Dicamba—a drift-prone herbicide linked to millions of acres of off-target crop damage across in 17 states—destroys mostly everything in its path except the crops that are genetically engineered to resist it. It's so damaging that several states, including Arkansas, Tennessee and Missouri have introduced temporary bans on the weedkiller.
There's now another reason to worry about the controversial chemical. It's particularly harmful to milkweed, the only host plant for the iconic and already at-risk monarch buttery.
In a new report publisehd Thursday, researchers with the Center for Biological Diversity warn that the expanded use of dicamba, which is projected to increase by nearly 100-fold on cotton and soybean fields, will put more than 60 million acres of monarch habitat at risk by 2019.
Here are some key findings from the paper:
- Accelerating harm: In addition to 61 million acres of monarch habitat being directly sprayed with dicamba, an additional 9 million acres could be harmed by drift of the pesticide.
- Deadly timing: The timing and geographical distribution of dicamba use coincides precisely with the presence of monarch eggs and larva on milkweed.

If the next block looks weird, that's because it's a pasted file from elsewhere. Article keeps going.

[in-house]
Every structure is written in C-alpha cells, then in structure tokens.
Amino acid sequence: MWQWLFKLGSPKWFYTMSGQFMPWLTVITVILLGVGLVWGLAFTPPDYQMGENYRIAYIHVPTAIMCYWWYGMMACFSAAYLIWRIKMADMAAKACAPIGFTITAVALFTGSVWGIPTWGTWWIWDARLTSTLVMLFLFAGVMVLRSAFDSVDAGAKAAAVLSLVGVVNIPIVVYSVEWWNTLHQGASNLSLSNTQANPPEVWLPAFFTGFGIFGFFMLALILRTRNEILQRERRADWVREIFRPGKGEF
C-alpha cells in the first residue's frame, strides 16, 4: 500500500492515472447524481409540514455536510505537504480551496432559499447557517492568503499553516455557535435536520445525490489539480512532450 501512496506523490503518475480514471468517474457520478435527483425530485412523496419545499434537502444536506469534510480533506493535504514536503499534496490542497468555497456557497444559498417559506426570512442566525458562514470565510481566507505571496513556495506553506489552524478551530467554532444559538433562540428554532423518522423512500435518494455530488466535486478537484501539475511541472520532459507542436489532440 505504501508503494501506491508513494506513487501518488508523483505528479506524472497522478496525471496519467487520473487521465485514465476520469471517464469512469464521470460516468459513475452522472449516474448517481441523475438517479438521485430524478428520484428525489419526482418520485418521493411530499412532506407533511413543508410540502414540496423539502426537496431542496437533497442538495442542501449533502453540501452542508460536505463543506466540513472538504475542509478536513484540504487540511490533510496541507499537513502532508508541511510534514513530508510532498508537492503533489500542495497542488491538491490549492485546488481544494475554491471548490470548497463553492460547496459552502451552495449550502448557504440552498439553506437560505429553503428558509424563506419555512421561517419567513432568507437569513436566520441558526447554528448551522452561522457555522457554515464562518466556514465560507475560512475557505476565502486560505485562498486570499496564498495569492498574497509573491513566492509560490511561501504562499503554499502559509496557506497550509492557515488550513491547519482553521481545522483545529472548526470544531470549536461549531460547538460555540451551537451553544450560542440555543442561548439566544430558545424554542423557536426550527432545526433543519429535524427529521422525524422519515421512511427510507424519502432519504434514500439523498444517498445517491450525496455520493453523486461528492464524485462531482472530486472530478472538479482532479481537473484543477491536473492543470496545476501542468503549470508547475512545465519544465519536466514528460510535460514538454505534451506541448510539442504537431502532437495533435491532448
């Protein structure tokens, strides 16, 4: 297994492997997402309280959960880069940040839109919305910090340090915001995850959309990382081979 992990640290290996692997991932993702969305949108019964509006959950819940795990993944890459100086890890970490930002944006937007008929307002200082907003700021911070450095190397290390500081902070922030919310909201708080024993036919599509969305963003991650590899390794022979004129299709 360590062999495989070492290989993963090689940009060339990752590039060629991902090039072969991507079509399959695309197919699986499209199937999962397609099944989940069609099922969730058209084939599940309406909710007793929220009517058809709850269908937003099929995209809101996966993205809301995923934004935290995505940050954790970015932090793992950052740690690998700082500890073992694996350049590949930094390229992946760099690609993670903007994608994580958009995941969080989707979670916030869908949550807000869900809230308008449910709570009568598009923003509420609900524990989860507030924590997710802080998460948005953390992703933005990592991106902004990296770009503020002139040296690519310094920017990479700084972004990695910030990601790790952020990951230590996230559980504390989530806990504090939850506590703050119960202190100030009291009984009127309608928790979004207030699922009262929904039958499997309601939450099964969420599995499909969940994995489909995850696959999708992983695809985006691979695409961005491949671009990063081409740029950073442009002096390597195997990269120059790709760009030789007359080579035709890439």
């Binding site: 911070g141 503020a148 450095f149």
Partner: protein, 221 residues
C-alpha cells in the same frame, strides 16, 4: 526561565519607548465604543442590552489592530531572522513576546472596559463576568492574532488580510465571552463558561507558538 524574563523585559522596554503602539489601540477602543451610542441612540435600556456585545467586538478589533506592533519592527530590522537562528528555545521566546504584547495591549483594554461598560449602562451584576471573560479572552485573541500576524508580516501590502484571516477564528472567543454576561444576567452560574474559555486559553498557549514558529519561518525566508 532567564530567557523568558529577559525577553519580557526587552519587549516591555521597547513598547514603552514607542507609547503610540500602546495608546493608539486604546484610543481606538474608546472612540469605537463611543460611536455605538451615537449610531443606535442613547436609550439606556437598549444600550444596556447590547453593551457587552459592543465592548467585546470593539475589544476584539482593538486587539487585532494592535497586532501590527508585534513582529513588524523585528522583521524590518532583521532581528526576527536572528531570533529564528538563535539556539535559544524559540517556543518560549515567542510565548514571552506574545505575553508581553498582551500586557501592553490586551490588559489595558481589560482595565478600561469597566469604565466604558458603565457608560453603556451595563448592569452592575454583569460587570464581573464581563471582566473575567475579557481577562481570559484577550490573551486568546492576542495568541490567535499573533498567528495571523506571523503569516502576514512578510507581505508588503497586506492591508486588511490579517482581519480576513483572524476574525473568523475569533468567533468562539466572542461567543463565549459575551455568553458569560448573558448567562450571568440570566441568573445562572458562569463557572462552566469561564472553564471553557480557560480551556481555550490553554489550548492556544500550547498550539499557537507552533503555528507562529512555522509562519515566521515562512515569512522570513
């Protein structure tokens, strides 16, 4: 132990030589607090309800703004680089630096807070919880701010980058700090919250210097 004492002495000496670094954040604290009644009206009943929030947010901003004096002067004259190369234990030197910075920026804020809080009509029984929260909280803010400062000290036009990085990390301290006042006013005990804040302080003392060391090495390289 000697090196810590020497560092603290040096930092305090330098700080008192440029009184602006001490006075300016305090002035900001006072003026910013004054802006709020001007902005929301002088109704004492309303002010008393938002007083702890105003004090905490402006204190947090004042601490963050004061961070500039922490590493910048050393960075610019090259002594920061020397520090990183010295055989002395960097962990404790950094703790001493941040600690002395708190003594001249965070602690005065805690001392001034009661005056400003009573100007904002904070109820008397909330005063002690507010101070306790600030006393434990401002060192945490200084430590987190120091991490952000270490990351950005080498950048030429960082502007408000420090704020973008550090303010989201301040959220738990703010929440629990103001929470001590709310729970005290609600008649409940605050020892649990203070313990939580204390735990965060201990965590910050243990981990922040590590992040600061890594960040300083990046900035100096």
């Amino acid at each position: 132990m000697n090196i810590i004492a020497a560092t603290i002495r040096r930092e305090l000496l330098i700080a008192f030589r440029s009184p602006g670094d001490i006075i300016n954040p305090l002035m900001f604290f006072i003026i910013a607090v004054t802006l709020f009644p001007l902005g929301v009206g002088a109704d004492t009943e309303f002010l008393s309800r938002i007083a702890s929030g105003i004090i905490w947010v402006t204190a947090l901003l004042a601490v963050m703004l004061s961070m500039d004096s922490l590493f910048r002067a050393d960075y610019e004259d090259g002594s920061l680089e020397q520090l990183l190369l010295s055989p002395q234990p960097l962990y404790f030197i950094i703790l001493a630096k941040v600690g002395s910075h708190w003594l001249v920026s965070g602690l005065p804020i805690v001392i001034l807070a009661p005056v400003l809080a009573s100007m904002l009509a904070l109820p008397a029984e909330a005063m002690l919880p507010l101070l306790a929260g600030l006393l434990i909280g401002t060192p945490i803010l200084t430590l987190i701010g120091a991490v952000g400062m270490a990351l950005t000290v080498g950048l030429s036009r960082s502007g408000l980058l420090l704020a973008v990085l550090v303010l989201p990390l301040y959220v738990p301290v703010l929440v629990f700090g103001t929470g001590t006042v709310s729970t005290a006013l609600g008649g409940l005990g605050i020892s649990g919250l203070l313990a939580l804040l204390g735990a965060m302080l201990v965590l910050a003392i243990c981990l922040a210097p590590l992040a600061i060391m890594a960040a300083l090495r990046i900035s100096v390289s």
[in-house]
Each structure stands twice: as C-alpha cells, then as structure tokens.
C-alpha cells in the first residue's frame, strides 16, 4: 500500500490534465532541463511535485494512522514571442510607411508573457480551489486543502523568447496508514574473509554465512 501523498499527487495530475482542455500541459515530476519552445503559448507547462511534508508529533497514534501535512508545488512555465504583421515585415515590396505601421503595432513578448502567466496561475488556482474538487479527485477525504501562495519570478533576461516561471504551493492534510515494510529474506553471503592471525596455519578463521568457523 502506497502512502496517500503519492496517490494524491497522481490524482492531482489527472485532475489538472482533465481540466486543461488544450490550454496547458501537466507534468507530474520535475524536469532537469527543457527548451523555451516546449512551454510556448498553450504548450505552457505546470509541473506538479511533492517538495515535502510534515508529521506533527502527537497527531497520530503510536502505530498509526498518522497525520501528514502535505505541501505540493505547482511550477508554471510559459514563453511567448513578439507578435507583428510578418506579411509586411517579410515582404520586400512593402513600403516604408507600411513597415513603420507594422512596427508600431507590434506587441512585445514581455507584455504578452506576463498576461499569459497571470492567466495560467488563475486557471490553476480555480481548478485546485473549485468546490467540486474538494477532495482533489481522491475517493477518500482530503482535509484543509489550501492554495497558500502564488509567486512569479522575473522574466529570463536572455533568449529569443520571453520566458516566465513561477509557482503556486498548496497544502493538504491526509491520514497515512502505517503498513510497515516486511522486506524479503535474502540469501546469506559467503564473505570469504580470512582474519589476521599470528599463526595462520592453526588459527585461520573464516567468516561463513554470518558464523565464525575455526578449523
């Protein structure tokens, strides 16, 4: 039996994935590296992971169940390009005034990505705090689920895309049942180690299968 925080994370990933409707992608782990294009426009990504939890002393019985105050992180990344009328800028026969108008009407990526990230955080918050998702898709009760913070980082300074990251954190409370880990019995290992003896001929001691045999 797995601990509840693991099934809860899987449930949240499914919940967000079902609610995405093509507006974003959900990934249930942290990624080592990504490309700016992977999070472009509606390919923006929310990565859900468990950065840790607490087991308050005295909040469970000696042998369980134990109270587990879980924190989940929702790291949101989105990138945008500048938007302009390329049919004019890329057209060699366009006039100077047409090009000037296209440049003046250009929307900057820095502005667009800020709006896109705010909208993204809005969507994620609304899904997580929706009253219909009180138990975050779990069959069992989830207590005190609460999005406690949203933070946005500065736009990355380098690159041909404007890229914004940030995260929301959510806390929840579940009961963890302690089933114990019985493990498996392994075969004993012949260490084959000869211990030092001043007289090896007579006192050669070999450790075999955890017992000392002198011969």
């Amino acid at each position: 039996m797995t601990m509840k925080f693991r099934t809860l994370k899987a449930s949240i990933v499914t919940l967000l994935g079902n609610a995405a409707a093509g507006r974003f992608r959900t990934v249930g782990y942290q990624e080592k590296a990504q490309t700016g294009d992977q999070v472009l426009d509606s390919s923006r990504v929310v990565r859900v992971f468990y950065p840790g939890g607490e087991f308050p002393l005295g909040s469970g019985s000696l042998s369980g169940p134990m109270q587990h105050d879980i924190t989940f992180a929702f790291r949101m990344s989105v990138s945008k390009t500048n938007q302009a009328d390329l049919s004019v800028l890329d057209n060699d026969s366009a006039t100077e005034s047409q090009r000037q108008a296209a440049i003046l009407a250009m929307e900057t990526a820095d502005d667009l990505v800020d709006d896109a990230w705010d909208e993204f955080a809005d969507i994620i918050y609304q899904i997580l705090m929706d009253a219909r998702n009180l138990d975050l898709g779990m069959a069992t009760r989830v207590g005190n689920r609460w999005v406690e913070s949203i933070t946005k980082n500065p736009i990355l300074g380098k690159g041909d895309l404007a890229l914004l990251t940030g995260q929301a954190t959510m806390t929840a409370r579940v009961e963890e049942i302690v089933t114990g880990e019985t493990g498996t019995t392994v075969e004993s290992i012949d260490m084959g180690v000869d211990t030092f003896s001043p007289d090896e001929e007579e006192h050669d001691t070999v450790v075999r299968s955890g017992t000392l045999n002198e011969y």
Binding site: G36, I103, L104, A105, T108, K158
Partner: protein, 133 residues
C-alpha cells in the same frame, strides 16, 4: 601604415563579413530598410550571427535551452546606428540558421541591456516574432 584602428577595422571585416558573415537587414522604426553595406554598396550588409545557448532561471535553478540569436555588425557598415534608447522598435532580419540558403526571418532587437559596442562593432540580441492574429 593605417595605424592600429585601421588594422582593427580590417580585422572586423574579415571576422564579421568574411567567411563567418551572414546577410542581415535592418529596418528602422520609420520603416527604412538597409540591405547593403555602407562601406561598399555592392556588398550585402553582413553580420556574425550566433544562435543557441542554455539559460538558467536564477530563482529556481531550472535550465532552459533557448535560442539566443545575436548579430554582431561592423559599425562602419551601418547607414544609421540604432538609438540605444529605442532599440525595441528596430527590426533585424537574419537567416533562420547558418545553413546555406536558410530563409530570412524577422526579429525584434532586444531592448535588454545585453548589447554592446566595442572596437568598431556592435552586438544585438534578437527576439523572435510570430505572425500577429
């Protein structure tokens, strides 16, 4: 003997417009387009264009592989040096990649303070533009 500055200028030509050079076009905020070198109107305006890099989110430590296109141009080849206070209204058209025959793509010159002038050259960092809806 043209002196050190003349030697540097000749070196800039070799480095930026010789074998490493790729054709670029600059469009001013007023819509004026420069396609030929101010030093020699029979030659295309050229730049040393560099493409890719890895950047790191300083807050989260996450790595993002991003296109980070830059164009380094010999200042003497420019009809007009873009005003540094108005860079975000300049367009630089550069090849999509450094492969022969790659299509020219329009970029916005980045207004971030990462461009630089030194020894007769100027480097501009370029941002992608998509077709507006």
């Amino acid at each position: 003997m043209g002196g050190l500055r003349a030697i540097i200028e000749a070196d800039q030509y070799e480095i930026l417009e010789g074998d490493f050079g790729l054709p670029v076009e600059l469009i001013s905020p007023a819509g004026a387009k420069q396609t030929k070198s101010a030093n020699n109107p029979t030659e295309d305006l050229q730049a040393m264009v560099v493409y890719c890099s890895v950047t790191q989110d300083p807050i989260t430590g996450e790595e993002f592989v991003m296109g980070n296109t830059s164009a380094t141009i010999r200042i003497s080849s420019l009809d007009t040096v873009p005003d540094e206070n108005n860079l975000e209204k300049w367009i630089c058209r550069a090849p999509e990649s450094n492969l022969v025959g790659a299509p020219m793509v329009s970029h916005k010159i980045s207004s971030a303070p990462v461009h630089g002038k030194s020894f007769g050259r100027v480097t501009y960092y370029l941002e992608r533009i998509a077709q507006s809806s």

- Double trouble: Dicamba degrades monarch habitat both by harming flowering of plants that provide nectar for adults as they travel south for the winter and by harming milkweed that provides an essential resource for reproduction.
- Greater menace to milkweed: Research has shown that just 1 percent of the minimum dicamba application rate is sufficient to reduce the size of milkweed by 50 percent, indicating it may have a greater impact on milkweed growth than the already widely used pesticide glyphosate.
Populations of the once-common butterfly have plummeted approximately 80 percent in just the last two decades. A major threat to the species is its loss of habitat due to the lack of availability of milkweed through land conversion for agriculture, removal of native plants and the use of pesticides.